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Biological Mother’s Marital Status Cannot Be Determining Factor in Adoption of Child: Madras High Court

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The HC clarified that since in the present case, though the biological father of the child was alive, he had remained absent for all practical purposes in the child's life, therefore, the mother being in charge, could not be called upon to obtain his consent for the child's adoption. (File image/ANI)

The HC clarified that since in the present case, though the biological father of the child was alive, he had remained absent for all practical purposes in the child’s life, therefore, the mother being in charge, could not be called upon to obtain his consent for the child’s adoption. (File image/ANI)

A journalist and his wife, a government employee, sought to adopt a three-year-old boy born to a minor mother from an ‘illicit relationship’

The Madras High Court recently observed that the marital status of a Hindu woman cannot be the determining factor in deciding the adoption of her biological child. The bench of Justice GR Swaminathan emphasised that Section 9 of the Hindu Adoptions and Maintenance Act, 1956, uses the expressions “father” and “mother” rather than “husband” and “wife” and even the proviso to sub-section (2) of Section 9 does not envisage obtaining the consent of one’s spouse, if alive.

“It is possible that a child may be born through a live-in relationship or on account of illicit intimacy. The mother may like to give the child in adoption in order to ensure a proper future for the child. The father may have abandoned his child. He may not be around to assume responsibility,” the judge explained.

A writ petition was filed by a man challenging the district authorities’ refusal of an adoption deed. His case was that he and his wife decided to adopt a three-year-old male kid who was born out of an illicit relationship. The child’s mother was a minor when she conceived him.

The deed of adoption was executed and presented for registration. However, the registering authority refused registration because the child’s biological mother had attained majority and remained unmarried at the time of adoption and therefore, there was a lack of consent from the child’s biological father. Challenging the impugned refusal check slip, this writ petition was filed.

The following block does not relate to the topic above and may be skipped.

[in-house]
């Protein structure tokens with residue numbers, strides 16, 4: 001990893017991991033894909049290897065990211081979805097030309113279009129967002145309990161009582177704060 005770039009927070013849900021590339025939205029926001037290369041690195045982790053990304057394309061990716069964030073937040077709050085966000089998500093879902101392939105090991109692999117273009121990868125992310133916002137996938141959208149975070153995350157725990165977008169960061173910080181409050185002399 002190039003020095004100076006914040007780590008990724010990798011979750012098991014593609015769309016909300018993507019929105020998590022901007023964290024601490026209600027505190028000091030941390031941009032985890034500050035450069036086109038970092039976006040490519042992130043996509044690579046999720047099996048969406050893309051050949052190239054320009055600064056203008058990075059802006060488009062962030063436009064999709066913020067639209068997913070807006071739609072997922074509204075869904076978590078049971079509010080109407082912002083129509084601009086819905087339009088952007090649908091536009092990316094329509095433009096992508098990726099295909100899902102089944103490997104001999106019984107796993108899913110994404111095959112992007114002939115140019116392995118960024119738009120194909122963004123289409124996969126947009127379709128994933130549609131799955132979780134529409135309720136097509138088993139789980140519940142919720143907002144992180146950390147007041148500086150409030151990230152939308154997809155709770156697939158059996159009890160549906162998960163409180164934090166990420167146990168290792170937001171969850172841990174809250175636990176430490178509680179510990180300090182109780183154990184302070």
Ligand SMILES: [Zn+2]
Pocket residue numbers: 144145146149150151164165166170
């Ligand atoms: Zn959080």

The court observed that in the matter at hand, since all parties involved were Hindus, the Hindu Adoptions and Maintenance Act, 1956, applied and the key issue for consideration was whether the adoption was invalid due to the lack of consent from the child’s biological father.

The HC said that the answer lies in Section 6(b) of the Hindu Minority and Guardianship Act, 1956.

“It states that in the case of a Hindu minor illegitimate boy or an illegitimate unmarried girl, the mother is the natural guardian and after her, the father…On the Act coming into force, the mother of the illegitimate minor child alone is the guardian of his person and property,” the judge said.

The court held that in the present case, the biological mother of the child was competent to give him in adoption.

Furthermore, the HC clarified that the proviso to Section 9(2) of the Act will kick in only if the father is around to claim paternity over the child.

The judge referred to Supreme Court’s decision in Githa Hariharan v RBI (1999) where the expression “after” occurring in Section 6(a) of the Hindu Minority and Guardianship Act, 1956, was considered and it was held that the word “after” need not necessarily mean “after the lifetime” rather it would mean “in the absence of”, the word “absence” referring to the father’s absence from the care of the minor’s property or person for any reason whatsoever.

If the father is wholly indifferent to the matters of the minor and the mother is exclusively in charge, the father can be considered to be absent and the mother can be recognised as a natural guardian and can act validly on behalf of the minor. The very same approach can be adopted in the present case also, the high court held.

The HC clarified that since in the present case, though the biological father of the child was alive, he had remained absent for all practical purposes in the child’s life, therefore, the mother being in charge, could not be called upon to obtain his consent for the child’s adoption.

Concluding the matter, the court while complimenting the petitioner and his wife for taking the child in adoption, set aside the impugned order and allowed the parties to represent the documents. The HC directed the registering authority that on such re-presentation subject to fulfilment of the other usual formalities, register the adoption deed.


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